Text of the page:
HRMS Manager Self-Service: Defining Your Business Rules
If I asked you to think about the top uses for HRMS manager self-service (MSS), you would probably create a similar list to many other HR professionals: reviewing candidate applications, tasks related to the hire process, performance review and merit tasks; as well as non-HRMS tasks such as expense report approval. However, Manager Self-Service (MSS) has the hidden potential to be so much more!
A smart HRMS Manager knows that it’s not about after the fact record keeping, but more about using it as a tool to drive the business processes. So how can we use MSS in a proactive manner?
The first step is to understand the business challenge, or the need for automation via HRMS manager self-service. If it’s replacing a robust paper process, then the task is simple. But often it is necessary to understand the impetus for manager self-service. What is the business or data challenge that MSS can solve better than a less robust, non-HRMS solution?
Rule-Based HRMS Manager Self-Service
For example, I know a small, global financial investment company who had well-documented policies and procedures in place and most of the HRMS transactions were based on paper forms to request HRMS data changes. One of those policies stated that in order to terminate an employee, if that employee was a manager of people, then a new manager had to be established. However, other policies around the termination and need to get it into the system often took precedence. The end result was managers were terminated and employees were left in an orphan state until the situation was found on an audit report or when an expense report failed. When looking for the root cause, in reviewing the forms, comments were often listed about follow-up meetings needed, but once the termination occurred, the pressure was off.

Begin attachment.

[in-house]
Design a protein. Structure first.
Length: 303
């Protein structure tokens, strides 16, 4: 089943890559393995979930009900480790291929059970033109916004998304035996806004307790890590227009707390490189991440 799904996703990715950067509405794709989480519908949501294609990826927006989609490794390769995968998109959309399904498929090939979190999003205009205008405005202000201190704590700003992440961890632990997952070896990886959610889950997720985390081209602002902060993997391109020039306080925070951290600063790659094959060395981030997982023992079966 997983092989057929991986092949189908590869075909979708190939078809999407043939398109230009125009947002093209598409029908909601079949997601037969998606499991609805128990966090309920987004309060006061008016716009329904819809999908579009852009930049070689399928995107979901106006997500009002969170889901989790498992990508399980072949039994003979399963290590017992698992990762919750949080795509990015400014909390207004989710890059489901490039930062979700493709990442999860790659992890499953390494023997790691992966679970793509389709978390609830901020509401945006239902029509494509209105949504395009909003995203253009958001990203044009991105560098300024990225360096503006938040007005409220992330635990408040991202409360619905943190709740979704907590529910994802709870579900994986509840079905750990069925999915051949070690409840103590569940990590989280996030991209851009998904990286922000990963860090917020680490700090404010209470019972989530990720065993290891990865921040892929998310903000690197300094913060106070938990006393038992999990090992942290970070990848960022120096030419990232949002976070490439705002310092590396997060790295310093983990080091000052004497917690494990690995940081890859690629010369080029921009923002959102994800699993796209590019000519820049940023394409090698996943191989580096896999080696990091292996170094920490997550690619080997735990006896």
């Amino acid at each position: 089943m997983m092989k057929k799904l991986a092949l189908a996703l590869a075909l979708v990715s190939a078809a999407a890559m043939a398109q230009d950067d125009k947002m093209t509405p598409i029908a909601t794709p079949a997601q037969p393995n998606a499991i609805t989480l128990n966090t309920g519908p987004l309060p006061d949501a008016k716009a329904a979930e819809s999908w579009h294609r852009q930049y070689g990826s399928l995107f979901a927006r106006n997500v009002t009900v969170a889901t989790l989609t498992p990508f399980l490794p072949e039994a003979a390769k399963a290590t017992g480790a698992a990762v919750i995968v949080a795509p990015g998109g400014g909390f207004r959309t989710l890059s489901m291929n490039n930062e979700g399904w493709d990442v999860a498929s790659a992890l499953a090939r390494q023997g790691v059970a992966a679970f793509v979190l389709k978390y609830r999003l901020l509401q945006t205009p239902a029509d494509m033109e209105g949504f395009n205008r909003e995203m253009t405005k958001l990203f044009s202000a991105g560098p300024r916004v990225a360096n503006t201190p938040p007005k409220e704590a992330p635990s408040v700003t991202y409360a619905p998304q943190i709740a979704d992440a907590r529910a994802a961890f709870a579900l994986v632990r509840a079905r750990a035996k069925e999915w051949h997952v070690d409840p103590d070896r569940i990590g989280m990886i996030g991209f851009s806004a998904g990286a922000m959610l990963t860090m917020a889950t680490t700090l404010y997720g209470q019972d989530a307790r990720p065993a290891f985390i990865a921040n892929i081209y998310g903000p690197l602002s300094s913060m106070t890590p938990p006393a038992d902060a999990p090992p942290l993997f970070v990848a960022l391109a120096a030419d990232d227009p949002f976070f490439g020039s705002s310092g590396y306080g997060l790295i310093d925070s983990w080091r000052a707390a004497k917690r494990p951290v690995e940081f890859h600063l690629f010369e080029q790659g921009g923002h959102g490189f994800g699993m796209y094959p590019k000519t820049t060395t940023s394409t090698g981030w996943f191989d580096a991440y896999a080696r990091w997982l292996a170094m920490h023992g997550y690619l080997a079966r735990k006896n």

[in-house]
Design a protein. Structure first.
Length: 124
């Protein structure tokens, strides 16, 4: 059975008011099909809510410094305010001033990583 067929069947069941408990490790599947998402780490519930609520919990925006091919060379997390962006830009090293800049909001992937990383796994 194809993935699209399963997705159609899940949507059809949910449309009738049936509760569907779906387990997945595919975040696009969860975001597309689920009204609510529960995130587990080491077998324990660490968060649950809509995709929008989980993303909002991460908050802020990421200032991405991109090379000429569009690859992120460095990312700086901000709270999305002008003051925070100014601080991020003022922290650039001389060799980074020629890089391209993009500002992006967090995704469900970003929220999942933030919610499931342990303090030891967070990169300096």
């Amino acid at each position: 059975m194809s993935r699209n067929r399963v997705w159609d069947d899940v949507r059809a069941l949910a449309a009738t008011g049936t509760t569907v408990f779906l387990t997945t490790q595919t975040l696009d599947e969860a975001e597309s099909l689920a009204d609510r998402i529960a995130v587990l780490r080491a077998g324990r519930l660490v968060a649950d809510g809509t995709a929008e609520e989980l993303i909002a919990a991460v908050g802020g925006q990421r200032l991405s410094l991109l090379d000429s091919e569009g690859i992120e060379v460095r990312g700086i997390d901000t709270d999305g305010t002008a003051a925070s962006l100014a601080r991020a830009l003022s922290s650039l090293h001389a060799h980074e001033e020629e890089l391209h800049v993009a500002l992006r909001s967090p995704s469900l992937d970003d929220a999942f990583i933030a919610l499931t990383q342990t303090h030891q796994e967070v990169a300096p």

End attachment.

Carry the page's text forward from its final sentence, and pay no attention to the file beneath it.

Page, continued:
In creating their HRMS manager self-service transaction, however, this company took an opportunity to require data entry in the ‘replacement manager’ field. In doing so, it forced the discussion at the time of termination submission. As well, recognizing the business challenge of replacement staffing, it offered the option for the submitter to choose the manager’s manager. In doing so, the reporting chain was then kept intact. As well, the manager’s manager would then see the employees online in manager views, whereas previously the orphan data situation was not visible on paper. This visibility was a major benefit of the new process, as the manager’s manager was ultimately responsible to fix the situation.
Manager Self-Service, when thought through, can be a good way to force adherence to business-defined rules that we otherwise wouldn’t follow.
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